Disguising Danger: 7 Marijuana Edibles Side Effects Shockers
Posted to: Drug Abuse, Understanding Addiction
Lots of the people who have tried marijuana have done so in the form of snacks like pot cookies or brownies. Since one of the effects of pot is an increased appetite, it’s only natural that the “ganja-preneurs” are marketing more marijuana edibles than ever before. From pot truffle oil to gummy bears, edibles are hot these days.
Unfortunately, the dangers of these drugs can be far worse than traditional marijuana.
Marijuana Edibles are a Completely Different Animal
You’d be hard pressed to find tragic overdose deaths caused solely by weed. Marijuana edibles, on the other hand, have been unquestionably linked to multiple negative outcomes.
Before diving headlong into this relatively new market, you need to understand what edibles are and what they aren’t. At the very least, you’ll want to be proactive by getting familiar with the dangers these confections pose.
And on that note, let’s look at five very real problems and/or outcomes caused by the use, quantity and sale of marijuana edibles.
A Longer-Lasting High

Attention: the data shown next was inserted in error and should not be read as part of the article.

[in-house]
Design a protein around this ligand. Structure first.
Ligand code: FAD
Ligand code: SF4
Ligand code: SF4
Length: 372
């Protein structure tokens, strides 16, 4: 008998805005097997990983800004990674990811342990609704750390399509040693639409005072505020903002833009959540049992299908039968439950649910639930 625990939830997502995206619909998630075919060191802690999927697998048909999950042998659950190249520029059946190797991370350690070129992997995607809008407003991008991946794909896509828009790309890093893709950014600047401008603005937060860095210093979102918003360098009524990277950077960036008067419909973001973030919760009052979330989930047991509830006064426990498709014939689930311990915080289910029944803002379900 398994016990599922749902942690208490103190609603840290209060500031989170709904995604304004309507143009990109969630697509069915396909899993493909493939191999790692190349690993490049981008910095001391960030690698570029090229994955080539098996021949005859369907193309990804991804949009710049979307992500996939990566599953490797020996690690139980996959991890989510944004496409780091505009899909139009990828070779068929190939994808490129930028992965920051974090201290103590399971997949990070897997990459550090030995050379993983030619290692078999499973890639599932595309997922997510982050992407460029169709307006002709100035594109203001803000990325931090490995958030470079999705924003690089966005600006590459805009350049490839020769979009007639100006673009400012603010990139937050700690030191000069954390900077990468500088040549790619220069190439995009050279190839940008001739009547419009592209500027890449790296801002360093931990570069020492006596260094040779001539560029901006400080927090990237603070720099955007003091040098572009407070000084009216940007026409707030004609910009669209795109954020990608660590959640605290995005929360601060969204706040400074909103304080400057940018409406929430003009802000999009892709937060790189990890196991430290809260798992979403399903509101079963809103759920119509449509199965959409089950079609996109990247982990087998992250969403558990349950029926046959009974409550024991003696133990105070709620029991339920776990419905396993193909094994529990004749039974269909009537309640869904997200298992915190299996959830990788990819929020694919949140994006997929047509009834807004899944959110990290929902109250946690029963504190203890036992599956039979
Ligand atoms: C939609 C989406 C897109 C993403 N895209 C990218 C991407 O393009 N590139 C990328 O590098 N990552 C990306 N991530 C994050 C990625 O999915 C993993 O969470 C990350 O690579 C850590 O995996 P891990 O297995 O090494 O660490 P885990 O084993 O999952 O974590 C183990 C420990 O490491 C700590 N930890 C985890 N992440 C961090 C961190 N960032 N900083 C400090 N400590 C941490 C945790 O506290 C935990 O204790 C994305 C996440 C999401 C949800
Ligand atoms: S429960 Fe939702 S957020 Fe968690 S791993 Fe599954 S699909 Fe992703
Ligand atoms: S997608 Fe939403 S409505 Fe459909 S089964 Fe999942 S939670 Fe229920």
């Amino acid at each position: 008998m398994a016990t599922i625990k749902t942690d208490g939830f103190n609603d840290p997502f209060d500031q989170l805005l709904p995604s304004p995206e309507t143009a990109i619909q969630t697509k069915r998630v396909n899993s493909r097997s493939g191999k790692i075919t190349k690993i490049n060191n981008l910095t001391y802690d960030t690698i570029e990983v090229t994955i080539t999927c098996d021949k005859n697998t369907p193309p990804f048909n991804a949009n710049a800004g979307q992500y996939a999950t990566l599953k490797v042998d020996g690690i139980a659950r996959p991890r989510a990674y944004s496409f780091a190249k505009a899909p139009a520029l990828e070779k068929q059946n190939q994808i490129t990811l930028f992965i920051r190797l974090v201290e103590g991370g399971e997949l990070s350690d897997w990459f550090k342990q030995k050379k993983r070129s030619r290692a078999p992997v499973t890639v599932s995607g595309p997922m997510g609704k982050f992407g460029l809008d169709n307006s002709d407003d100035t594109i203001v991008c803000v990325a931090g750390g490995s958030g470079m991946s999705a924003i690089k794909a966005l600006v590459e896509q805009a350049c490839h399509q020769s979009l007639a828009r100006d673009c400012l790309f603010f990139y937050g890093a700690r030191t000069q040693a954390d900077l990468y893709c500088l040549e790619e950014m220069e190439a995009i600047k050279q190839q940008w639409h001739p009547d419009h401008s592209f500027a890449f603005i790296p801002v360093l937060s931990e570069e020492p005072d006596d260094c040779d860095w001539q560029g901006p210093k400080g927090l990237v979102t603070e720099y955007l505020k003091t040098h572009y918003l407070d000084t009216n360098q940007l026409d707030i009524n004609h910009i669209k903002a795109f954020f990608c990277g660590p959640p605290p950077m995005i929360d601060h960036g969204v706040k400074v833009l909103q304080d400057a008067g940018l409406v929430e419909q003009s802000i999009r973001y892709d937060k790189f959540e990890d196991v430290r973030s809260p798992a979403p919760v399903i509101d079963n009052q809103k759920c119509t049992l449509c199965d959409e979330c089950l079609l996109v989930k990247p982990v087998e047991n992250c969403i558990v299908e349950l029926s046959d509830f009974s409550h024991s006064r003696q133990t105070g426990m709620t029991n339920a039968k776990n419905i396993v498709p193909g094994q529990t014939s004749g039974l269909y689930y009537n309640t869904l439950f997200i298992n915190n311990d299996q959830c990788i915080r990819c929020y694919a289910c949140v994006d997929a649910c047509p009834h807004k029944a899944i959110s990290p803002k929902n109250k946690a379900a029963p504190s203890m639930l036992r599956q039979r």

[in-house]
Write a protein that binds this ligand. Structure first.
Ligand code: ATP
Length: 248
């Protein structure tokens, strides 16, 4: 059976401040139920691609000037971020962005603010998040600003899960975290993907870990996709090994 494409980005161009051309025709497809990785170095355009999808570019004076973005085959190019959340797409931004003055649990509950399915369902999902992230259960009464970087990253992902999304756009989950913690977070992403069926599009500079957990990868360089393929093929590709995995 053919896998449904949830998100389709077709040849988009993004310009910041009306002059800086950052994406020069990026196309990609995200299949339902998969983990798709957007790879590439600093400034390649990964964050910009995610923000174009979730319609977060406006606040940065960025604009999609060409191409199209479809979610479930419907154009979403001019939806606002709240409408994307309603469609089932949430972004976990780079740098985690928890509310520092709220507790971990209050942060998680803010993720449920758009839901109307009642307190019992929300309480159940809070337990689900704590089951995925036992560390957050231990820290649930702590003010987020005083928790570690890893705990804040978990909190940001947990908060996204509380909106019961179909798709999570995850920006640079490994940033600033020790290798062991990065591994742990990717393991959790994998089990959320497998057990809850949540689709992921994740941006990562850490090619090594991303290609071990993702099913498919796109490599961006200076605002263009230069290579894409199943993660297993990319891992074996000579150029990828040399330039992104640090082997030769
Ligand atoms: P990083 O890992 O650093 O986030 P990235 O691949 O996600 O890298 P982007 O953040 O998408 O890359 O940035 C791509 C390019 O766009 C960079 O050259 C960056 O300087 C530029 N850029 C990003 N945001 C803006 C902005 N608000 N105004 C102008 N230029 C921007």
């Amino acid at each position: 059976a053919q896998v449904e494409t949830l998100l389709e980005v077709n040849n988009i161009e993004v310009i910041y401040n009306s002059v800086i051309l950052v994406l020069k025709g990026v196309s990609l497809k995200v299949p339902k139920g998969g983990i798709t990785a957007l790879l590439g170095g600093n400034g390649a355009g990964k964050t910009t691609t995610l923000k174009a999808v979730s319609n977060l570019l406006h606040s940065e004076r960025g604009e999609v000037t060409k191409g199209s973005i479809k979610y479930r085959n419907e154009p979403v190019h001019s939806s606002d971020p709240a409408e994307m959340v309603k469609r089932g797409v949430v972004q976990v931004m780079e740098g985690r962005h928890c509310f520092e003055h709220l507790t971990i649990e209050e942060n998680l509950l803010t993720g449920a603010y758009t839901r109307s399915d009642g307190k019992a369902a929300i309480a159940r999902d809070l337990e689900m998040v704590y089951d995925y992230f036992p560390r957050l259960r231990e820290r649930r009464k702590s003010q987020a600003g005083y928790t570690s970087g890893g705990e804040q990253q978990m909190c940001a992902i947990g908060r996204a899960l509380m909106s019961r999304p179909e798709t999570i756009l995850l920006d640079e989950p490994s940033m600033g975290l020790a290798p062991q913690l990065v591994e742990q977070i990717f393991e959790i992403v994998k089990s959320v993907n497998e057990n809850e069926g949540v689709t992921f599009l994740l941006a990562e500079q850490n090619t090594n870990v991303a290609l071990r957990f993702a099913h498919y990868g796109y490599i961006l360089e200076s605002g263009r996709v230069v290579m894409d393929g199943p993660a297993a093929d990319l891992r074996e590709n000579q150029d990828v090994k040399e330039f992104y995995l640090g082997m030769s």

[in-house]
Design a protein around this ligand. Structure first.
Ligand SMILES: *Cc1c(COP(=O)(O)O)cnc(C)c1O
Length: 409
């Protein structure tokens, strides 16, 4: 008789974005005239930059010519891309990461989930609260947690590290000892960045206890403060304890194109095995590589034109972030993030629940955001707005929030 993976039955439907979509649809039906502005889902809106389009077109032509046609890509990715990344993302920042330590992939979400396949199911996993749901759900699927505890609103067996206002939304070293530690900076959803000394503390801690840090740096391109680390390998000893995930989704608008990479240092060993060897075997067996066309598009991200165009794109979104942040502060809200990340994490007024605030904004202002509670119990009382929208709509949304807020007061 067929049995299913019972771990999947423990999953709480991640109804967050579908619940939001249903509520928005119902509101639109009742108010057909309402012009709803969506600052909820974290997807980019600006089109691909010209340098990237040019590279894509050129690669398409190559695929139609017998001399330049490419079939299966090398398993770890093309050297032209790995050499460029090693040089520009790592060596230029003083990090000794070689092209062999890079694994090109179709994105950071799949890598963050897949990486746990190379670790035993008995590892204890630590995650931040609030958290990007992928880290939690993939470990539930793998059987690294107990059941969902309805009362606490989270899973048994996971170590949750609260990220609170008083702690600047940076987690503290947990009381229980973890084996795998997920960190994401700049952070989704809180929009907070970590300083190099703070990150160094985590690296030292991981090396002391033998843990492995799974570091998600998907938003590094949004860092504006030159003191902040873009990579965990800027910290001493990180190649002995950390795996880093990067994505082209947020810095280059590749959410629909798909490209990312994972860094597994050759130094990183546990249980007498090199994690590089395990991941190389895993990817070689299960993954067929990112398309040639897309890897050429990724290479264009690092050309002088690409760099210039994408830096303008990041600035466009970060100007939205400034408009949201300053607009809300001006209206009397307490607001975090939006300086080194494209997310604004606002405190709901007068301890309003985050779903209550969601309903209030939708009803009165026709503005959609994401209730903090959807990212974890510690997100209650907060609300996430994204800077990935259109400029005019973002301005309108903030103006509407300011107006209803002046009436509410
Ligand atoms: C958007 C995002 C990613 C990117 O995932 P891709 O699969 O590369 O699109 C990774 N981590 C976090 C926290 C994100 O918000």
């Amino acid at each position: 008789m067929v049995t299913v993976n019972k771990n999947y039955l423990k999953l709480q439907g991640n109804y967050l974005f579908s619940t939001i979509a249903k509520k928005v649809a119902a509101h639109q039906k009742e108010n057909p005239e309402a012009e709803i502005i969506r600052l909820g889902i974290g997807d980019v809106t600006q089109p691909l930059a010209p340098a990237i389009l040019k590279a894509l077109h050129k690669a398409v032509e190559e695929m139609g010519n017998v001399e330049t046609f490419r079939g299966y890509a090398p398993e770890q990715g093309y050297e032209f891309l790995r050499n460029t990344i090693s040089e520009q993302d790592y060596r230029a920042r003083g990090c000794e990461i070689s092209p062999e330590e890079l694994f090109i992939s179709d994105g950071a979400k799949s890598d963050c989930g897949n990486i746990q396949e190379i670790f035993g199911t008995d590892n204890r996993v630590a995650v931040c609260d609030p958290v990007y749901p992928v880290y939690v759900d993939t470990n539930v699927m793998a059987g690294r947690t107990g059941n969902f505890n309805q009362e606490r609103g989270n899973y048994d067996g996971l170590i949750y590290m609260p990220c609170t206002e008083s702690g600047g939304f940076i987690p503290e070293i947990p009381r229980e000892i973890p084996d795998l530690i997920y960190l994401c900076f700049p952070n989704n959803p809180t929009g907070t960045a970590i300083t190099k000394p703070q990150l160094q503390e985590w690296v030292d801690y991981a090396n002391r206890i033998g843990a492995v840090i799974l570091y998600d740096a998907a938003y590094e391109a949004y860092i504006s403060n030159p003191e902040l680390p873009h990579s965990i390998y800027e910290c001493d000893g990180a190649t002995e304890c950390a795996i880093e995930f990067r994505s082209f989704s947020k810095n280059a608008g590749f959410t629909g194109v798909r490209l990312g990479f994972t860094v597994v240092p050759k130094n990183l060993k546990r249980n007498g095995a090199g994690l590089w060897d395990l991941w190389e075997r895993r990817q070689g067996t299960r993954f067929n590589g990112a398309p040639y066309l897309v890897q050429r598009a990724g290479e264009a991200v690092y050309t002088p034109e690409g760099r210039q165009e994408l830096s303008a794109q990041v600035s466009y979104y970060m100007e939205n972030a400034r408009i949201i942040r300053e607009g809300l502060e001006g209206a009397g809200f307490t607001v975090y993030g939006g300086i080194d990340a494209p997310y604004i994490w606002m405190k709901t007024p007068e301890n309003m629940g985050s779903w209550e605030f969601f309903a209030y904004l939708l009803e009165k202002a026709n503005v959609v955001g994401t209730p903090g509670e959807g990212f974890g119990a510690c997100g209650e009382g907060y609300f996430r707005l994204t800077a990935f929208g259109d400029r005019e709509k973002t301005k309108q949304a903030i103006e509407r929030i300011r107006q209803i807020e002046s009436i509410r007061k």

Marijuana edibles produce a much longer-lasting and potent high than smoking, which can prove detrimental for novice users. Smoking pot produces a more immediate high that quickly dissipates, while edibles kick in after about an hour and the effects can last from six to 10 hours.
Serious Side Effects
Taken in large doses, marijuana edibles can lead to anxiety attacks, paranoia and hallucinations. Several case reports involving kids who took edibles found that respiratory insufficiency can also be a major side effect in young children.
They’ve Contributed to Tragedies
Marijuana edibles have played a major role in two recent cases.
Oklahoma native Caleb Fowler, 23, shot himself earlier this month after eating five times the recommended dosage of edibles. And last year, Wyoming college student Levy Thamba Pongi jumped to his death after eating a marijuana cookie. A coroner ruled that “marijuana intoxication” played a major role in the tragedy.
Lack of Safety in THC-Friendly States
Even in states where marijuana is legal, the lack of edible-specific regulations has caused public safety concerns. State officials in Colorado are now scrambling to create regulations regarding dosages of THC in the products, while more marijuana business owners are encouraging new users to “start low, go slow.”
Working Their Way into Schools
Perhaps because of the colorful packaging, even pre-teens are getting hold of edibles. Last April, a 10-year-old in Denver was busted for bringing edibles to school and three seventh-graders were hospitalized just one month earlier for eating pot-laced brownies at school.
In states where marijuana is legal, major restrictions have been placed on the sale, dosage and distribution of marijuana. It only makes sense that the same stipulations are now made for edibles in order to avoid more unnecessary health scares and potential tragedies.
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